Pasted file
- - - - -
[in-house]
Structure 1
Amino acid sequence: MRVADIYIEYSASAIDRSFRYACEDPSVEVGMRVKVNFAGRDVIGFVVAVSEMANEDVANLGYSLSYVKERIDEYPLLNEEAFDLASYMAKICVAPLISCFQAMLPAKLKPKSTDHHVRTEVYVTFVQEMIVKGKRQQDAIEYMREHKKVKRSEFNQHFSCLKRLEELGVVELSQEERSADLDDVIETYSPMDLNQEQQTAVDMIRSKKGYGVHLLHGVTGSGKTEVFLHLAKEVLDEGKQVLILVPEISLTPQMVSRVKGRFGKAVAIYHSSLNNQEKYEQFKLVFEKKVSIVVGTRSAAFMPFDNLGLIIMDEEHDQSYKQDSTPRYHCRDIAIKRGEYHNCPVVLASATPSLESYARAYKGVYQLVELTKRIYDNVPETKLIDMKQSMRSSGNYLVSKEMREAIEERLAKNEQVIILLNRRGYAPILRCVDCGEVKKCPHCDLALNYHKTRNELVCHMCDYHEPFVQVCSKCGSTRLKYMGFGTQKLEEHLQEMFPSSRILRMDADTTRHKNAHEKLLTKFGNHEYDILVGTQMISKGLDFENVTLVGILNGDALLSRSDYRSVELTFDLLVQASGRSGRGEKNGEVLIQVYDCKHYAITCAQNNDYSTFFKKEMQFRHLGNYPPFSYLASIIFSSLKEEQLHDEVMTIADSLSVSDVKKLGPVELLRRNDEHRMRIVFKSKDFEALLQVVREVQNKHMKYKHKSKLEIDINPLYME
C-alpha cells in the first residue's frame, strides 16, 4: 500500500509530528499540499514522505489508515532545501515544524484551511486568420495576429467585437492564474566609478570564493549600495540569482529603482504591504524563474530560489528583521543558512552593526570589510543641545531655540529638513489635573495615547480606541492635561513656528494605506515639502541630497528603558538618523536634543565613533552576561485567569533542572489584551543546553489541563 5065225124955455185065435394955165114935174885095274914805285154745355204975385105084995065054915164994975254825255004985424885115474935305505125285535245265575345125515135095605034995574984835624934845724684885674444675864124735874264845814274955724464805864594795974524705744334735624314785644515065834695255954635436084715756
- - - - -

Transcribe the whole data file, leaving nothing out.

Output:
[in-house]
Structure 1
Amino acid sequence: MRVADIYIEYSASAIDRSFRYACEDPSVEVGMRVKVNFAGRDVIGFVVAVSEMANEDVANLGYSLSYVKERIDEYPLLNEEAFDLASYMAKICVAPLISCFQAMLPAKLKPKSTDHHVRTEVYVTFVQEMIVKGKRQQDAIEYMREHKKVKRSEFNQHFSCLKRLEELGVVELSQEERSADLDDVIETYSPMDLNQEQQTAVDMIRSKKGYGVHLLHGVTGSGKTEVFLHLAKEVLDEGKQVLILVPEISLTPQMVSRVKGRFGKAVAIYHSSLNNQEKYEQFKLVFEKKVSIVVGTRSAAFMPFDNLGLIIMDEEHDQSYKQDSTPRYHCRDIAIKRGEYHNCPVVLASATPSLESYARAYKGVYQLVELTKRIYDNVPETKLIDMKQSMRSSGNYLVSKEMREAIEERLAKNEQVIILLNRRGYAPILRCVDCGEVKKCPHCDLALNYHKTRNELVCHMCDYHEPFVQVCSKCGSTRLKYMGFGTQKLEEHLQEMFPSSRILRMDADTTRHKNAHEKLLTKFGNHEYDILVGTQMISKGLDFENVTLVGILNGDALLSRSDYRSVELTFDLLVQASGRSGRGEKNGEVLIQVYDCKHYAITCAQNNDYSTFFKKEMQFRHLGNYPPFSYLASIIFSSLKEEQLHDEVMTIADSLSVSDVKKLGPVELLRRNDEHRMRIVFKSKDFEALLQVVREVQNKHMKYKHKSKLEIDINPLYME
C-alpha cells in the first residue's frame, strides 16, 4: 500500500509530528499540499514522505489508515532545501515544524484551511486568420495576429467585437492564474566609478570564493549600495540569482529603482504591504524563474530560489528583521543558512552593526570589510543641545531655540529638513489635573495615547480606541492635561513656528494605506515639502541630497528603558538618523536634543565613533552576561485567569533542572489584551543546553489541563 5065225124955455185065435394955165114935174885095274914805285154745355204975385105084995065054915164994975254825255004985424885115474935305505125285535245265575345125515135095605034995574984835624934845724684885674444675864124735874264845814274955724464805864594795974524705744334735624314785644515065834695255954635436084715756